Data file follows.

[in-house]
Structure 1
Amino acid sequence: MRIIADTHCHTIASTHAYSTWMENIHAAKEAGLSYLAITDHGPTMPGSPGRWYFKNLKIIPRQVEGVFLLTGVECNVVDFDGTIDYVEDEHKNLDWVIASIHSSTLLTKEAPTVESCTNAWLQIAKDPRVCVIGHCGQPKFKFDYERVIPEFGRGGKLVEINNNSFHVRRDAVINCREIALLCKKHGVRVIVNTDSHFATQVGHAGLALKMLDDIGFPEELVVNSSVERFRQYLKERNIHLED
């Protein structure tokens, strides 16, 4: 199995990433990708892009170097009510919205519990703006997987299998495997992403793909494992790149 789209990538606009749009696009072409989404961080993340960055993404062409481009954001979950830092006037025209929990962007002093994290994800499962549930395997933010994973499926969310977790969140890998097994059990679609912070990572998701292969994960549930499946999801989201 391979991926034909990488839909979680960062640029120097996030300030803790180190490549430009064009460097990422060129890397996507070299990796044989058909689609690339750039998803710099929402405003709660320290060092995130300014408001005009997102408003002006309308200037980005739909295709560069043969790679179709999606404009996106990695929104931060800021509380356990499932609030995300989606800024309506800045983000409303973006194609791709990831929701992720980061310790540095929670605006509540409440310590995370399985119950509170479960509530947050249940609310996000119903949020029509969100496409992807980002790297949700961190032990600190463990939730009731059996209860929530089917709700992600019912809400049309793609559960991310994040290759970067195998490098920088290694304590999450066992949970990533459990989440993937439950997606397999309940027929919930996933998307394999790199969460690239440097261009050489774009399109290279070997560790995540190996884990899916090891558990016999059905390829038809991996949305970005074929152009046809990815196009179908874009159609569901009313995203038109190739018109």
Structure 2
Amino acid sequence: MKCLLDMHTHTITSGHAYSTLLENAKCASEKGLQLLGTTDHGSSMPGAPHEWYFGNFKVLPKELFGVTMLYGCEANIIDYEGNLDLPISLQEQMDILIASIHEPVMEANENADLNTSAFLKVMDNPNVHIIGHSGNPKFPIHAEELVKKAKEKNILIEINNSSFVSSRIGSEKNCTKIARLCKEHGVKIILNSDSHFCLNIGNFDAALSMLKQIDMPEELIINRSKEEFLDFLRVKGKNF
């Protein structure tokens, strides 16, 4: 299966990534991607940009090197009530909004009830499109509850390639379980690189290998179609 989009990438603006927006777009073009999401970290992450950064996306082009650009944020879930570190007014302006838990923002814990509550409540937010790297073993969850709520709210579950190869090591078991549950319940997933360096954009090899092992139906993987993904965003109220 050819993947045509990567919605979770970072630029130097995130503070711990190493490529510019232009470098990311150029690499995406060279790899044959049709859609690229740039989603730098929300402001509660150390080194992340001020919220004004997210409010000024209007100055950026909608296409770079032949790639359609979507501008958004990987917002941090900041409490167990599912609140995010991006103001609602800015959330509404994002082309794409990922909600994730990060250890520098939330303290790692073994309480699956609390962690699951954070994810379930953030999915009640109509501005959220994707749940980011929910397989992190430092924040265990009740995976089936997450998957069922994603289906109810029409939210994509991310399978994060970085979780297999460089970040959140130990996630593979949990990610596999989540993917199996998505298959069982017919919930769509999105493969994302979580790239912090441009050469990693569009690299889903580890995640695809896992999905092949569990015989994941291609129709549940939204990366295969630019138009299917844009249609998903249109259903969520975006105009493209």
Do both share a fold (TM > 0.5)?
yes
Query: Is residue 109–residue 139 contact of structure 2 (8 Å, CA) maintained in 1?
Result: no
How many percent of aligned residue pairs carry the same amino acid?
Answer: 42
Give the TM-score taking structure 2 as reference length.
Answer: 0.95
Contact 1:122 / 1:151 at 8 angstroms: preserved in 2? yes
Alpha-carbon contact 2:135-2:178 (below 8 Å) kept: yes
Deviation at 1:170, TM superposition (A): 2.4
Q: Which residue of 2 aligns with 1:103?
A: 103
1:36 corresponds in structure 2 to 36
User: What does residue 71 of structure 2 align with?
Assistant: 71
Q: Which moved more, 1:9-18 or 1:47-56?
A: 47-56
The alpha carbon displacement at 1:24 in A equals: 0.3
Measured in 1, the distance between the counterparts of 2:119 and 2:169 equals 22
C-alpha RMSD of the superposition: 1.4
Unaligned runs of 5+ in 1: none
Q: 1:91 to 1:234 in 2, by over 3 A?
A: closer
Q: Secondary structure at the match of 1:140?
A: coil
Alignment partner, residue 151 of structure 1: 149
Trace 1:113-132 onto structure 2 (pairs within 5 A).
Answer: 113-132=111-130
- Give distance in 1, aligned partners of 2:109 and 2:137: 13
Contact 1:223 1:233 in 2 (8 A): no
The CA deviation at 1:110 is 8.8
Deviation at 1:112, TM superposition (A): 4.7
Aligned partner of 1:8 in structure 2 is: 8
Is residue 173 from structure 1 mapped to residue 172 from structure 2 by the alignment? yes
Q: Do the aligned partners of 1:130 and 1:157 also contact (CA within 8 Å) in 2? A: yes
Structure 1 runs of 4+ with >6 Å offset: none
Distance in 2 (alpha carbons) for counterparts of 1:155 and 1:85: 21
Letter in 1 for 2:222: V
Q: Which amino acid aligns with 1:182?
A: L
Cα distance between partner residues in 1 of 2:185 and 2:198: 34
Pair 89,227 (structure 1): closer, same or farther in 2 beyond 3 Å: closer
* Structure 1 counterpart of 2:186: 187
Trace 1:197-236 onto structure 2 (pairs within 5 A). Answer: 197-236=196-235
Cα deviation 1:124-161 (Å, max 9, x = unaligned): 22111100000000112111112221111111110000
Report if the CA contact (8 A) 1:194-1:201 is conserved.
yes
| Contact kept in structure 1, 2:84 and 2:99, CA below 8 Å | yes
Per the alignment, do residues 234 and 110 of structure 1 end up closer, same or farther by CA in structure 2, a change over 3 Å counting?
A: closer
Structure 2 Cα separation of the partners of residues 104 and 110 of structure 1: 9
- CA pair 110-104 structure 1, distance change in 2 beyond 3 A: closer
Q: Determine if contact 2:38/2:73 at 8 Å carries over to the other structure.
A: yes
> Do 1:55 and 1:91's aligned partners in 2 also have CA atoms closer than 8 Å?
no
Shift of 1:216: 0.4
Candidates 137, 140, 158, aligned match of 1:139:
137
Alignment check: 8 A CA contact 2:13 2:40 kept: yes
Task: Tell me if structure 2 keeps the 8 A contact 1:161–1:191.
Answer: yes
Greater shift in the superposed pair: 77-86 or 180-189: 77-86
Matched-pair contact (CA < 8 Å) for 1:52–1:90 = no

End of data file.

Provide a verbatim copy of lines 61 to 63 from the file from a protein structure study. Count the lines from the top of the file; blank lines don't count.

Q: Determine if contact 2:38/2:73 at 8 Å carries over to the other structure.
A: yes
> Do 1:55 and 1:91's aligned partners in 2 also have CA atoms closer than 8 Å?